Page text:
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Unique: Daniel Craig’s final outing as James Bond in “No Time to Die” features a franchise character that will never die: the Aston Martin DB5.


After making its debut as SuperSpy’s gadget-filled car in “Goldfinger” in 1964, the iconic silver coupe appeared in seven subsequent films.

NTTD’s special effects and action vehicle supervisor, Chris Corbould, knows the car well, having worked on six of them during his more than four-decade stint with the series.

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Corbould said the decision to bring it back was not a difficult one.

“It’s been a discussion with the director and producers about what they wanted to see in the film, and it became clear very quickly that everyone wanted to see DB5 back. And not just in a cameo role, but in a full-on battle mode ,” Korbold revealed during an appearance Granthshala Garage.

"No Time to Die" was shot on the streets of Matera, Italy.

Korbold said the first step was a meeting with the folks at Aston Martin, who asked how many rare sports cars would be needed for production.

“When we said 10, there’s a deadly silence in the room,” Corbold said.

“The next question is, where do we get those 10? Do we buy 10 DB5 in the open market for between 10 and 20 lakhs. [pounds] a pop? Probably not the best financial way to go about it. Do we go to the owners to see if they will rent their cars to us? Well, if I owned a DB5, would I rent it to James Bond to do an action sequence? Probably not.”

Eight DB5 replicas were made for the stunt work.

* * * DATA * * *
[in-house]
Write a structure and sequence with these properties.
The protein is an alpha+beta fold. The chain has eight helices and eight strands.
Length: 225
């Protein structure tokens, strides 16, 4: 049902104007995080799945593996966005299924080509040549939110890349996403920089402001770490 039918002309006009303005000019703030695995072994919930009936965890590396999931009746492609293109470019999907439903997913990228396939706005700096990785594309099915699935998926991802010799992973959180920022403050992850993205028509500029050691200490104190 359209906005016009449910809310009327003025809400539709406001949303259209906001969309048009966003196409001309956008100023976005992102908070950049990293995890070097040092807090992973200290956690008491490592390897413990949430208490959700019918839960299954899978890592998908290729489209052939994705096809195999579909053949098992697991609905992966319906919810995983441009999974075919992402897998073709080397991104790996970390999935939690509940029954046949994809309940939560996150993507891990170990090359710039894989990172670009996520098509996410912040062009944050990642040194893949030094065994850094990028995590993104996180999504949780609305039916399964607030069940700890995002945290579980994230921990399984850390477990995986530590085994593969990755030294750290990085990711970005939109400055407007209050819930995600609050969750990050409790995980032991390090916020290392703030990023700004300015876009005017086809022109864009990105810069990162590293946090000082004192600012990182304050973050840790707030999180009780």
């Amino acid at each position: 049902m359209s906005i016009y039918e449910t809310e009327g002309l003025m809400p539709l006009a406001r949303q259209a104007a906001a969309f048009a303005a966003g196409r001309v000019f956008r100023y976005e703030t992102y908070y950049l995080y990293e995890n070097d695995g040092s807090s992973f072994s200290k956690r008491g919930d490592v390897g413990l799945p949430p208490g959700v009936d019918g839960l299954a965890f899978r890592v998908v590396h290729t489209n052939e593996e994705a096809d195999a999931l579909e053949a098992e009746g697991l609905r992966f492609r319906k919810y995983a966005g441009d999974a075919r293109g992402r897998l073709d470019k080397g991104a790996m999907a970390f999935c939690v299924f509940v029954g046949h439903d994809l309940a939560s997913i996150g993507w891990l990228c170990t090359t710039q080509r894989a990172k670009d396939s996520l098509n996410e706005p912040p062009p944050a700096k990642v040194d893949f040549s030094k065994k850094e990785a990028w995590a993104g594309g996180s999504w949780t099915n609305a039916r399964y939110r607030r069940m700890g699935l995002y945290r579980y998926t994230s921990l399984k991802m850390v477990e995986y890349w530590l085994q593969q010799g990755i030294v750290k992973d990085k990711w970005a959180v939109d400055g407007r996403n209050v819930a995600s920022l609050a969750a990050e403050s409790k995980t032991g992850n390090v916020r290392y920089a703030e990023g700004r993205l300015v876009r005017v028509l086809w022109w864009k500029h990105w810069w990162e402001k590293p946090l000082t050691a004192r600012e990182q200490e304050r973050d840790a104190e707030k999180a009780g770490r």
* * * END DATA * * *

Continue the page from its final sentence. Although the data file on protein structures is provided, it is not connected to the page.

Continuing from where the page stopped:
Instead, Aston Martin supplied two of the originals and built eight replicas for Corbold’s team to adapt to the various needs of chase sequences filmed on the streets of the ancient stone city of Matera, Italy, which was shown in the film’s trailer. has been tampered with.

The stunt cars were equipped with special driving equipment.

“He did an amazing job, because he did absolutely amazing,” Corbould said.

Several of the cars were designed for stunt driving, while two were equipped with several gadgets including smoke screens and a pair of miniguns that protruded from behind their headlights.

Corbold said that he took 14 trips to the southern Italian locale to render the scene and that probably 95% of what’s on screen was actual driving and practical effects rather than CGI.

Several other Aston Martins appear in the film, including a new DBS and a classic V8 Vantage, such as the chase shot over a frozen lake in “The Living Daylights”, which Corbould said he had never seen before. His favorite is a Bond car.

The V8 Vantage was made from 1977 to 1989.

“V8 Vantage was very nostalgic for me, because I was in charge of that sequence with the original in Austria, and it was very nostalgic for me to see it back in this film,” Korbold said.